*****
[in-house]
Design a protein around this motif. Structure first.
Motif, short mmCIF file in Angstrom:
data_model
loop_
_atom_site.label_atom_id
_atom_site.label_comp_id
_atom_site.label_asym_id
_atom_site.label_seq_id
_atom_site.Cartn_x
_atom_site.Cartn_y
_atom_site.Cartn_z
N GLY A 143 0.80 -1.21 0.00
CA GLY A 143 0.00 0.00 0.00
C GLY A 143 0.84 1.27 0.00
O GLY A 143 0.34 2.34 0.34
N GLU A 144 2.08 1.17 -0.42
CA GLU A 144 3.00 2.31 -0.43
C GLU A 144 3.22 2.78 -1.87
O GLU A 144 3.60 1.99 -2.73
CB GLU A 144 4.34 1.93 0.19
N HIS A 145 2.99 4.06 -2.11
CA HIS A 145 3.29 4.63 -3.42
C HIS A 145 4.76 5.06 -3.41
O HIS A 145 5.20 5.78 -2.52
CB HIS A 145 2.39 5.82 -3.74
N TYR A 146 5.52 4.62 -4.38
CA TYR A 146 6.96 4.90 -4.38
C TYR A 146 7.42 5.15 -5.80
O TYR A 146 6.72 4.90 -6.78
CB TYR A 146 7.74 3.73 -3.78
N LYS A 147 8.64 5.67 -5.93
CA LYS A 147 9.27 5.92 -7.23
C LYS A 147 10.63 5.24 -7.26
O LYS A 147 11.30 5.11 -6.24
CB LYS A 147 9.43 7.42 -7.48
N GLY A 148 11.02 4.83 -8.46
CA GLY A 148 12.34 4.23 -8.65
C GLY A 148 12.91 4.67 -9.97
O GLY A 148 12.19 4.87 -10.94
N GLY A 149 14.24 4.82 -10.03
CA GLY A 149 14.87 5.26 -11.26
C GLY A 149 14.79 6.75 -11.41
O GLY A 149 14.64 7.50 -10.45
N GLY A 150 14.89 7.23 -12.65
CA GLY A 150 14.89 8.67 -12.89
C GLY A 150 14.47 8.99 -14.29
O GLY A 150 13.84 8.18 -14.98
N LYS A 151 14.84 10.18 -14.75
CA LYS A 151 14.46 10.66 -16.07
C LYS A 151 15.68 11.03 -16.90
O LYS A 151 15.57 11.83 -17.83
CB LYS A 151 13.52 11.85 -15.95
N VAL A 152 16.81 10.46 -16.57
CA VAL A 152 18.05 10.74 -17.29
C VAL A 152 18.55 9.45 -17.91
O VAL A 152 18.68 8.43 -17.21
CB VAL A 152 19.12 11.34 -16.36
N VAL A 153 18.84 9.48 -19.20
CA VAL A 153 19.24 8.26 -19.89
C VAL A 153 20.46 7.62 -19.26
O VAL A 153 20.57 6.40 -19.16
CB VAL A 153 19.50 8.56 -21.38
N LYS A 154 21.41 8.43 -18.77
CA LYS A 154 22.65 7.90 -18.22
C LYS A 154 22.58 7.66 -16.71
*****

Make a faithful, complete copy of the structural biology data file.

[in-house]
Design a protein around this motif. Structure first.
Motif, short mmCIF file in Angstrom:
data_model
loop_
_atom_site.label_atom_id
_atom_site.label_comp_id
_atom_site.label_asym_id
_atom_site.label_seq_id
_atom_site.Cartn_x
_atom_site.Cartn_y
_atom_site.Cartn_z
N GLY A 143 0.80 -1.21 0.00
CA GLY A 143 0.00 0.00 0.00
C GLY A 143 0.84 1.27 0.00
O GLY A 143 0.34 2.34 0.34
N GLU A 144 2.08 1.17 -0.42
CA GLU A 144 3.00 2.31 -0.43
C GLU A 144 3.22 2.78 -1.87
O GLU A 144 3.60 1.99 -2.73
CB GLU A 144 4.34 1.93 0.19
N HIS A 145 2.99 4.06 -2.11
CA HIS A 145 3.29 4.63 -3.42
C HIS A 145 4.76 5.06 -3.41
O HIS A 145 5.20 5.78 -2.52
CB HIS A 145 2.39 5.82 -3.74
N TYR A 146 5.52 4.62 -4.38
CA TYR A 146 6.96 4.90 -4.38
C TYR A 146 7.42 5.15 -5.80
O TYR A 146 6.72 4.90 -6.78
CB TYR A 146 7.74 3.73 -3.78
N LYS A 147 8.64 5.67 -5.93
CA LYS A 147 9.27 5.92 -7.23
C LYS A 147 10.63 5.24 -7.26
O LYS A 147 11.30 5.11 -6.24
CB LYS A 147 9.43 7.42 -7.48
N GLY A 148 11.02 4.83 -8.46
CA GLY A 148 12.34 4.23 -8.65
C GLY A 148 12.91 4.67 -9.97
O GLY A 148 12.19 4.87 -10.94
N GLY A 149 14.24 4.82 -10.03
CA GLY A 149 14.87 5.26 -11.26
C GLY A 149 14.79 6.75 -11.41
O GLY A 149 14.64 7.50 -10.45
N GLY A 150 14.89 7.23 -12.65
CA GLY A 150 14.89 8.67 -12.89
C GLY A 150 14.47 8.99 -14.29
O GLY A 150 13.84 8.18 -14.98
N LYS A 151 14.84 10.18 -14.75
CA LYS A 151 14.46 10.66 -16.07
C LYS A 151 15.68 11.03 -16.90
O LYS A 151 15.57 11.83 -17.83
CB LYS A 151 13.52 11.85 -15.95
N VAL A 152 16.81 10.46 -16.57
CA VAL A 152 18.05 10.74 -17.29
C VAL A 152 18.55 9.45 -17.91
O VAL A 152 18.68 8.43 -17.21
CB VAL A 152 19.12 11.34 -16.36
N VAL A 153 18.84 9.48 -19.20
CA VAL A 153 19.24 8.26 -19.89
C VAL A 153 20.46 7.62 -19.26
O VAL A 153 20.57 6.40 -19.16
CB VAL A 153 19.50 8.56 -21.38
N LYS A 154 21.41 8.43 -18.77
CA LYS A 154 22.65 7.90 -18.22
C LYS A 154 22.58 7.66 -16.71